Good news: You don't have to empty the fridge and start over to lose weight. Instead, try these simple ways to shed pounds
There's more to losing weight than just changing what you eat. In fact, some of the best weight-loss tips and strategies have nothing to do with what's on your plate. There’s no denying that the calories you consume and your weight are closely interwoven, but there are more digestible entry points to get the success rolling. These easy, sometimes-quirky tactics have been proven to help you lose weight without going hungry. (If you do want to upgrade your eating habits, check out these 22 New Winter Foods for Weight Loss.)
Trade your sweat-fest on the treadmill for an early run on the greenway. Sip your coffee al fresco. Take your pup on longer a.m. walks. The goal is to spend some time—about 20 to 30 minutes—in bright outdoor light between 8 a.m. and noon, suggests researchers at the Northwestern University Feinberg School of Medicine. Their study in PLOS ONE found that people have a lower body mass index (BMI) when they get most of their daily exposure to bright light in the morning; those who typically waited until later in the day to slip outside had higher BMIs. (And don't bother trying to trick your body with high wattage: Indoor lighting lacks the same intensity as outdoor light.) It’s not completely clear how light influences body fat, but the study authors do point out that not soaking in enough bright light during the day can throw your internal body clock out of whack, which can tamper with your metabolism and weight.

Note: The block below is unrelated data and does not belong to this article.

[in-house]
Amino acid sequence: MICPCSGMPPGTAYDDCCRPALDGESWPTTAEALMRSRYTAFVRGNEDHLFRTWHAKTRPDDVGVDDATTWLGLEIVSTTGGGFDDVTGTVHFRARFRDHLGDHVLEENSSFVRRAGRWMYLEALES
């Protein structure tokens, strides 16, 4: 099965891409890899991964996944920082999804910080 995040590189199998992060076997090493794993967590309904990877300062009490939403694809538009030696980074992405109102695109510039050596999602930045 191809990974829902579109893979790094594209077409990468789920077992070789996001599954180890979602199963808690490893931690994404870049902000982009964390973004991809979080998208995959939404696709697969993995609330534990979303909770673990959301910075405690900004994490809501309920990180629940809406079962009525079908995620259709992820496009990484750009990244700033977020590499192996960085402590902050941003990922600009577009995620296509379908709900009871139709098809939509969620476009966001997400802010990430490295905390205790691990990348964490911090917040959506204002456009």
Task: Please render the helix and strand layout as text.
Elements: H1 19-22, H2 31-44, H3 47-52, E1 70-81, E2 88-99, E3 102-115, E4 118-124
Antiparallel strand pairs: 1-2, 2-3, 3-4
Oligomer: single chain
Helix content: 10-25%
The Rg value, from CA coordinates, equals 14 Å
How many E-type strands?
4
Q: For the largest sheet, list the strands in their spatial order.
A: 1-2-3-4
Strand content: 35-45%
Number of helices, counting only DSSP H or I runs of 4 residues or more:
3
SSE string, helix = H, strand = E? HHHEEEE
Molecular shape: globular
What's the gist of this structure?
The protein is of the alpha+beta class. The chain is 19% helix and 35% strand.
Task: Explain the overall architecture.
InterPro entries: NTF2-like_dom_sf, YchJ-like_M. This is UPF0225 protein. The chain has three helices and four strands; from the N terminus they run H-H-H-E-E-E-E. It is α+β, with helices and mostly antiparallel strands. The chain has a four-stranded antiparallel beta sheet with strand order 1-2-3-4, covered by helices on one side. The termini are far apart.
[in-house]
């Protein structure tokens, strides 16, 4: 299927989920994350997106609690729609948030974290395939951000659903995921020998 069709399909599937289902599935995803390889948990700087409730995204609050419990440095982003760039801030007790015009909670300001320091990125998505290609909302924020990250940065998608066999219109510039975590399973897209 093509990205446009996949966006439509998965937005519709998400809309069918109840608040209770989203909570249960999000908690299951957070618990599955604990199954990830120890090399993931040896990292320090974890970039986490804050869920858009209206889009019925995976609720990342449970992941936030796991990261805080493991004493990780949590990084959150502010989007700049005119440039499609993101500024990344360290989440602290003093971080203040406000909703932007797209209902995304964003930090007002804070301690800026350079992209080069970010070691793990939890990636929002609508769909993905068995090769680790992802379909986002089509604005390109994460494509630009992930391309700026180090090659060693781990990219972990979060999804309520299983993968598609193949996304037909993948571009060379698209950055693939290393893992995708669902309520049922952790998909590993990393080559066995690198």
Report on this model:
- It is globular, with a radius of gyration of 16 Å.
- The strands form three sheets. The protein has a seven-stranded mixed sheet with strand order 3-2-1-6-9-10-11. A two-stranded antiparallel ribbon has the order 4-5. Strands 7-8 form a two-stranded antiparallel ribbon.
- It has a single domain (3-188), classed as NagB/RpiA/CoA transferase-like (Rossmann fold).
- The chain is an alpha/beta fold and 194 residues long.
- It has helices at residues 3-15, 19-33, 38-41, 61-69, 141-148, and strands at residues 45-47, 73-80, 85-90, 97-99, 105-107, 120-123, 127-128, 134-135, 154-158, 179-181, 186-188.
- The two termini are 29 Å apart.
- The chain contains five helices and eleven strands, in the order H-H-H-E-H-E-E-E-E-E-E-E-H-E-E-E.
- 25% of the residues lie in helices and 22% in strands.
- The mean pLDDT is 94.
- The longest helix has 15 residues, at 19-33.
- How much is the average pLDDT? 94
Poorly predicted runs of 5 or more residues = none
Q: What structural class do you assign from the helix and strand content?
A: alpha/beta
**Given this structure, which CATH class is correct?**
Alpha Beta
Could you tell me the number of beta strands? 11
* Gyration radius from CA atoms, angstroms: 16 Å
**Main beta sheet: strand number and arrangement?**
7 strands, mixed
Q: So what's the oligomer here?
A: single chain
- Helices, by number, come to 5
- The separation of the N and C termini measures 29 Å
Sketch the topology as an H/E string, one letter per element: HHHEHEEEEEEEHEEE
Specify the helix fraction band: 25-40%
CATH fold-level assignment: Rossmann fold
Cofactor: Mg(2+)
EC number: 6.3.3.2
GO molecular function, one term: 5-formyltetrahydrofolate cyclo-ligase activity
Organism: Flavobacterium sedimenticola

The mention of weight-loss supplements can draw out our inner skeptic, but Re-Body Meratrim capsules contain the herbal blend of Sphaeranthus indicus (a flowering plant widely used in Ayurvedic medicine) and Garcinia mangostana (from the rinds of mangosteen fruits) that has solid footing in research. According to studies performed by a team of University of California, Davis scientists and medical experts in India, this botanical pairing may help shrink you down to your perfect size. As described in the Journal of Medicinal Food, overweight people took capsules with the herbal mix twice a day and followed a 2000-calorie-a-day diet along with a 30-minute walking regimen five days a week; another group was prescribed the same diet and walking regimen, but given placebos. At the end of eight weeks, those taking the herbal supplement lost about 11.5 pounds (over eight pounds more than the placebo group), and knocked almost five inches off their waists and two-and-a-half inches from their hips. Paired with lifestyle changes, the study authors suggest that this dynamic herbal duo may positively alter the metabolism of fat and glucose. Clearly, it’s doing something right.